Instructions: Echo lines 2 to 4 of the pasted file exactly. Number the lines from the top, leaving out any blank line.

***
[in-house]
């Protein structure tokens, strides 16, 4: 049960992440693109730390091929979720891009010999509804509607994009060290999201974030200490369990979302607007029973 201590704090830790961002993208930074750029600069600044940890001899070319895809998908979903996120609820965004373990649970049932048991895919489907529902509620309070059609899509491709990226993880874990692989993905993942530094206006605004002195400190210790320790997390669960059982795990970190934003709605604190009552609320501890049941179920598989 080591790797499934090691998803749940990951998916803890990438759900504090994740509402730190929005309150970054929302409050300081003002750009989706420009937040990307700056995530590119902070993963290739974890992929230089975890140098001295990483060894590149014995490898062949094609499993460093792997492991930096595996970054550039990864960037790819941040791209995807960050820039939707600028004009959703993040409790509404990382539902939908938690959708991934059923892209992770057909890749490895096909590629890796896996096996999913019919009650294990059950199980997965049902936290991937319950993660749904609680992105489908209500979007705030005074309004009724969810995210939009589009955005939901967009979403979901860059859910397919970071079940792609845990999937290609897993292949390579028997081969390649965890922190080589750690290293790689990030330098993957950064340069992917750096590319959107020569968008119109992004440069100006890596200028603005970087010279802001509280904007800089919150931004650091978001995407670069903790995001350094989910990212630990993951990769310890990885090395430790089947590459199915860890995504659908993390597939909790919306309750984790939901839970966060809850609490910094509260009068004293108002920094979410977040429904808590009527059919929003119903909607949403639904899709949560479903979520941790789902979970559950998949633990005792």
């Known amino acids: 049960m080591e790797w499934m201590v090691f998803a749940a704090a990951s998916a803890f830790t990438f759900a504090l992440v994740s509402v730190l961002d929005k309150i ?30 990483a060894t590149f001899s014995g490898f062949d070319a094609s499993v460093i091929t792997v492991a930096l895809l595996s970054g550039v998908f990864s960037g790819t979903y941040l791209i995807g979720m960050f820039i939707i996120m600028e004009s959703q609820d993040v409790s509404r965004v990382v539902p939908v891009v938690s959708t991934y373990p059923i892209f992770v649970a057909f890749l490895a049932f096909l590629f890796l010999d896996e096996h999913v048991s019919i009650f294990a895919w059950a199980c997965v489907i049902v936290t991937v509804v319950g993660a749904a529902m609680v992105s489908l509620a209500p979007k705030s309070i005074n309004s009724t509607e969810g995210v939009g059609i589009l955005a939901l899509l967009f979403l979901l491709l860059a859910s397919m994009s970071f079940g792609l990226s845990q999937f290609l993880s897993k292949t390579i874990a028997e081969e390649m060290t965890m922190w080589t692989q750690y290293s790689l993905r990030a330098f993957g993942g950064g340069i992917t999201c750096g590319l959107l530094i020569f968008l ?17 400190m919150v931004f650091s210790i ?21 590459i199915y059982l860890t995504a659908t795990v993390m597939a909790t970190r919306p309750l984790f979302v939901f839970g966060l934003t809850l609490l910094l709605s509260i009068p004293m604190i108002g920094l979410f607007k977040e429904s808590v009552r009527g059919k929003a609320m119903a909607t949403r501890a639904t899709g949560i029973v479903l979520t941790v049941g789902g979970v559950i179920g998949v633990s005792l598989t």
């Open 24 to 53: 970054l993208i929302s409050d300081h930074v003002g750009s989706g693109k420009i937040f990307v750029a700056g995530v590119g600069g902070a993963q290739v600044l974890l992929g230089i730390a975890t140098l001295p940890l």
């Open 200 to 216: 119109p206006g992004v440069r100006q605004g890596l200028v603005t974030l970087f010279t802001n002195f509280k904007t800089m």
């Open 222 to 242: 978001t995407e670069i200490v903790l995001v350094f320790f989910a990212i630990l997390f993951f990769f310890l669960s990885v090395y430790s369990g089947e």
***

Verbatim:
């Protein structure tokens, strides 16, 4: 049960992440693109730390091929979720891009010999509804509607994009060290999201974030200490369990979302607007029973 201590704090830790961002993208930074750029600069600044940890001899070319895809998908979903996120609820965004373990649970049932048991895919489907529902509620309070059609899509491709990226993880874990692989993905993942530094206006605004002195400190210790320790997390669960059982795990970190934003709605604190009552609320501890049941179920598989 080591790797499934090691998803749940990951998916803890990438759900504090994740509402730190929005309150970054929302409050300081003002750009989706420009937040990307700056995530590119902070993963290739974890992929230089975890140098001295990483060894590149014995490898062949094609499993460093792997492991930096595996970054550039990864960037790819941040791209995807960050820039939707600028004009959703993040409790509404990382539902939908938690959708991934059923892209992770057909890749490895096909590629890796896996096996999913019919009650294990059950199980997965049902936290991937319950993660749904609680992105489908209500979007705030005074309004009724969810995210939009589009955005939901967009979403979901860059859910397919970071079940792609845990999937290609897993292949390579028997081969390649965890922190080589750690290293790689990030330098993957950064340069992917750096590319959107020569968008119109992004440069100006890596200028603005970087010279802001509280904007800089919150931004650091978001995407670069903790995001350094989910990212630990993951990769310890990885090395430790089947590459199915860890995504659908993390597939909790919306309750984790939901839970966060809850609490910094509260009068004293108002920094979410977040429904808590009527059919929003119903909607949403639904899709949560479903979520941790789902979970559950998949633990005792």
């Known amino acids: 049960m080591e790797w499934m201590v090691f998803a749940a704090a990951s998916a803890f830790t990438f759900a504090l992440v994740s509402v730190l961002d929005k309150i ?30 990483a060894t590149f001899s014995g490898f062949d070319a094609s499993v460093i091929t792997v492991a930096l895809l595996s970054g550039v998908f990864s960037g790819t979903y941040l791209i995807g979720m960050f820039i939707i996120m600028e004009s959703q609820d993040v409790s509404r965004v990382v539902p939908v891009v938690s959708t991934y373990p059923i892209f992770v649970a057909f890749l490895a049932f096909l590629f890796l010999d896996e096996h999913v048991s019919i009650f294990a895919w059950a199980c997965v489907i049902v936290t991937v509804v319950g993660a749904a529902m609680v992105s489908l509620a209500p979007k705030s309070i005074n309004s009724t509607e969810g995210v939009g059609i589009l955005a939901l899509l967009f979403l979901l491709l860059a859910s397919m994009s970071f079940g792609l990226s845990q999937f290609l993880s897993k292949t390579i874990a028997e081969e390649m060290t965890m922190w080589t692989q750690y290293s790689l993905r990030a330098f993957g993942g950064g340069i992917t999201c750096g590319l959107l530094i020569f968008l ?17 400190m919150v931004f650091s210790i ?21 590459i199915y059982l860890t995504a659908t795990v993390m597939a909790t970190r919306p309750l984790f979302v939901f839970g966060l934003t809850l609490l910094l709605s509260i009068p004293m604190i108002g920094l979410f607007k977040e429904s808590v009552r009527g059919k929003a609320m119903a909607t949403r501890a639904t899709g949560i029973v479903l979520t941790v049941g789902g979970v559950i179920g998949v633990s005792l598989t």
């Open 24 to 53: 970054l993208i929302s409050d300081h930074v003002g750009s989706g693109k420009i937040f990307v750029a700056g995530v590119g600069g902070a993963q290739v600044l974890l992929g230089i730390a975890t140098l001295p940890l």